How Many Pilgrims

About a quarter of Australia’s population is self-declared as Christian Catholic.* Over the last few decades, the younger part of the population has been demonstrating a slow inclination to drift away from the conventional Christian Church (and indeed, organized religion altogether) but in about 20 days time in Sydney, the Catholic Church will attempt to reddress that trend by exerting its influence over the waning faith of the young people of Australia and holding an event that they are calling (some might say duplicitously) World ‘Youth’ Day.

Tourism New South Wales’s ‘Sydney’ page breathlessly gushes:

New South Wales looks forward to welcoming young people for World Youth Day 2008, the biggest event to be held in Australia, ever.

Poster and radio advertising around Sydney is urging people who are ‘not involved’ with World Youth Day to take a holiday or stay off the roads. The NSW Government is spending a small fortune on the event and the Catholic Church, notably the oleaginous and unpalatable Cardinal George Pell, is of course smirking all over the media.

I’m not entirely sure why, but if it is true that this is ‘the biggest event to be held in Australia, ever’† this makes me incredibly depressed. I intended to make this post a kind of jocular look at a silly phenomenon, in keeping with The Pope’s Cologne and Mother Teresa’s Breath Mist, but you know, I just don’t find it funny that at the beginning of the 21st Century, a two-thousand year old superstitious belief system has enough currency (metaphorically, practically and politically) to bring an entire modern city to a standstill. It’s particularly disheartening that this exercise is nominally aimed at young people – it’s hard not to be cynical about such things.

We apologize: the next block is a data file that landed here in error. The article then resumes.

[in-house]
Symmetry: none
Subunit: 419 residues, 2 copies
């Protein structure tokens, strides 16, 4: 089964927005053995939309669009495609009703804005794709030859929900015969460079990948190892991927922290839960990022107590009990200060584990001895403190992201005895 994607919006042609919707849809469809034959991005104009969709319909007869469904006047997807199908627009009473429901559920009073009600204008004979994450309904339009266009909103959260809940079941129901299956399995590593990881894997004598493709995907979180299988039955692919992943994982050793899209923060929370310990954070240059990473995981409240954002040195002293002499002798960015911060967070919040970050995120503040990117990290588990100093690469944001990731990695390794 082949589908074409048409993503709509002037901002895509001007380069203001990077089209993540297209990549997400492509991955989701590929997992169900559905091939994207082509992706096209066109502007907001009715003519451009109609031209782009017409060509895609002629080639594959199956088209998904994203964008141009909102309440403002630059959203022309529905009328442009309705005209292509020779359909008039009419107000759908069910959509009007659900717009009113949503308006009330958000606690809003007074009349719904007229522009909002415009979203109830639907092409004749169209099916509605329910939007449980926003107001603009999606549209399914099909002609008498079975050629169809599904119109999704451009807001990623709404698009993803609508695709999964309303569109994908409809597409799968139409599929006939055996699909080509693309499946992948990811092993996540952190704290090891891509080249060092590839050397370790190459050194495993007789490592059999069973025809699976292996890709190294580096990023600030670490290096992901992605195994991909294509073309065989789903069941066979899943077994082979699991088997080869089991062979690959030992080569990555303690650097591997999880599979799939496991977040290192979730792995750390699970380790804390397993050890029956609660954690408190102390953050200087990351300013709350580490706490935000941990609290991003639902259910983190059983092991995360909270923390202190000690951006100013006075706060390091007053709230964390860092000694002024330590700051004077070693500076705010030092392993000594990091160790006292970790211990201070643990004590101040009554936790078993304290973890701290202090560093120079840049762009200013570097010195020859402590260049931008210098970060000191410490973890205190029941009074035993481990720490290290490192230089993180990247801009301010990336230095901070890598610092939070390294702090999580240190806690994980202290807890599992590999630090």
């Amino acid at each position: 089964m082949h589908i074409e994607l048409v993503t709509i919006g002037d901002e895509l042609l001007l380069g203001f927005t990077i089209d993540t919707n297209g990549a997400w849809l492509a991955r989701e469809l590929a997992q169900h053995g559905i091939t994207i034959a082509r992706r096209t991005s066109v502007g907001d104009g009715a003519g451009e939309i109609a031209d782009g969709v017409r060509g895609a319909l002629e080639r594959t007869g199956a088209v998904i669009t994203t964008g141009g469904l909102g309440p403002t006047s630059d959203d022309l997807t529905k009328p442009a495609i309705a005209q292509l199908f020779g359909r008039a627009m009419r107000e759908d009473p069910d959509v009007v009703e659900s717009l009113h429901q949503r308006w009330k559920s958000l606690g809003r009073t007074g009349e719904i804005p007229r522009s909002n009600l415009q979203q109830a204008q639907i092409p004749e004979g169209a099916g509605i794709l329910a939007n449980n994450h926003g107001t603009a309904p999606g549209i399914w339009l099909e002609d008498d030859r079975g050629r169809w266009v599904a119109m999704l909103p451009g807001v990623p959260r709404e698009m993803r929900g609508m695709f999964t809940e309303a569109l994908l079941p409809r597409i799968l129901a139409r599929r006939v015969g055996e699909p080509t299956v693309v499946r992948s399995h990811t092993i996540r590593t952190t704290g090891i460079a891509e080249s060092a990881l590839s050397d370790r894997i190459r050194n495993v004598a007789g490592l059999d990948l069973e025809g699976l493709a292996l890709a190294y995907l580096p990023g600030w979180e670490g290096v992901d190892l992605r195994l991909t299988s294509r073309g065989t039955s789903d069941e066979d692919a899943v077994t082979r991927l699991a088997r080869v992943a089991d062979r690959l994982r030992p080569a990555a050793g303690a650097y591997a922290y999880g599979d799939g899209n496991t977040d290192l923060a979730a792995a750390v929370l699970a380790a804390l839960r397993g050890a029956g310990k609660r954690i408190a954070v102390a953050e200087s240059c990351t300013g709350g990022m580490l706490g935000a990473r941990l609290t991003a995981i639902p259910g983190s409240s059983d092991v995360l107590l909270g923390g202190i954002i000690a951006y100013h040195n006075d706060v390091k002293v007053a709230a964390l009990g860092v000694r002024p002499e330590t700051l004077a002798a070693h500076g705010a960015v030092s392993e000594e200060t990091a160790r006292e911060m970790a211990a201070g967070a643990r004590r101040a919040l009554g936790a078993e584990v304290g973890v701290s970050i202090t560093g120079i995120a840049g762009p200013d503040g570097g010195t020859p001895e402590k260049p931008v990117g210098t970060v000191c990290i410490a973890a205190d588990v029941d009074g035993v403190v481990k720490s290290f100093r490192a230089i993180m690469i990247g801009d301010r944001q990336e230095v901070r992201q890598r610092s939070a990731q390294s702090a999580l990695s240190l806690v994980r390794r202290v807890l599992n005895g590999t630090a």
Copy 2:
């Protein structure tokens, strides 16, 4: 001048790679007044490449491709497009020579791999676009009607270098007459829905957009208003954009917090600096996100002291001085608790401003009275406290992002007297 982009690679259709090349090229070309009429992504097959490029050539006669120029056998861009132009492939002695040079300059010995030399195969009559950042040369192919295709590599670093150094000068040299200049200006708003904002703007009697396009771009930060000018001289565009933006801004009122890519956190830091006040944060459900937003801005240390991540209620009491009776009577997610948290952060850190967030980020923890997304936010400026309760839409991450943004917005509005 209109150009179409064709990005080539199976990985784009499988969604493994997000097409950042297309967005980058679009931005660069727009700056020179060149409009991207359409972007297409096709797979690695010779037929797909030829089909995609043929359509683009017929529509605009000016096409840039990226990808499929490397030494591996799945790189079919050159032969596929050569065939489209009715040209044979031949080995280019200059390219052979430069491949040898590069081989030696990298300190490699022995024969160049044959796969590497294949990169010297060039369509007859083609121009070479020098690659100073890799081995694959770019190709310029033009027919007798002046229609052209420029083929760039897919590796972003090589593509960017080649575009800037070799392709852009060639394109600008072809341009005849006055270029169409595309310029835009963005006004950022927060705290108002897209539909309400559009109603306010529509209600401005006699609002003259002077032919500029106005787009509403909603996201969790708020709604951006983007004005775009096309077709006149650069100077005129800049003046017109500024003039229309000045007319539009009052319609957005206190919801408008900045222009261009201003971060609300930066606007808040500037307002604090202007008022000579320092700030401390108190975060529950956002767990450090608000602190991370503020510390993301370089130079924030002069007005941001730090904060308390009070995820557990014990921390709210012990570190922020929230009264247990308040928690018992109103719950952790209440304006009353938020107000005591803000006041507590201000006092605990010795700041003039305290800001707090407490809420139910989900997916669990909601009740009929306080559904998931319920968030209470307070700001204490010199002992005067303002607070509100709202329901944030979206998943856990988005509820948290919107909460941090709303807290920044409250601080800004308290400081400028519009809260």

I often hear the argument, when it comes to religion, that it does no harm, and people should be able to make up their own minds about what they believe. While I disagree strongly that religion does no harm, I certainly approve of the concept that a person should be able to make up their own mind about it – with the caveat that they should also be given the tools to make their decision an informed one. This particularly applies to the young.

The Catholic Church has never been particularly squeamish about converting non-believers so I don’t expect that an event masquerading as Australia’s Biggest Sleepover is going to even register a blip on their moral radar, but in my opinion this is a sneaky, disingenuous ruse to attempt to lever more religious thought into a country that has been until recently making a slow but encouraging trek toward secularism (inherited religions notwithstanding).

I put this thought to you Cardinal Pell and Pope Benedict: if you’re really confident that God will come through with the goods, and you are morally committed to the betterment of young people as you claim, concentrate your efforts on giving them a proper education and the ability to make up their minds based on what we know to be true instead of attempting to indoctrinate them with intangible, absurd mythology while they are still impressionable. Give them the data and the brain tools and let them decide, when they come of age, whether or not to believe in a two-millennium-old fairy tale.

Surely, if you are right, and God really does exist, then you have nothing at all to be afraid of.


*Statistics from the 2006 Australian census.

†I guess it depends on your definitions of ‘biggest’, ‘event’ and ‘ever’…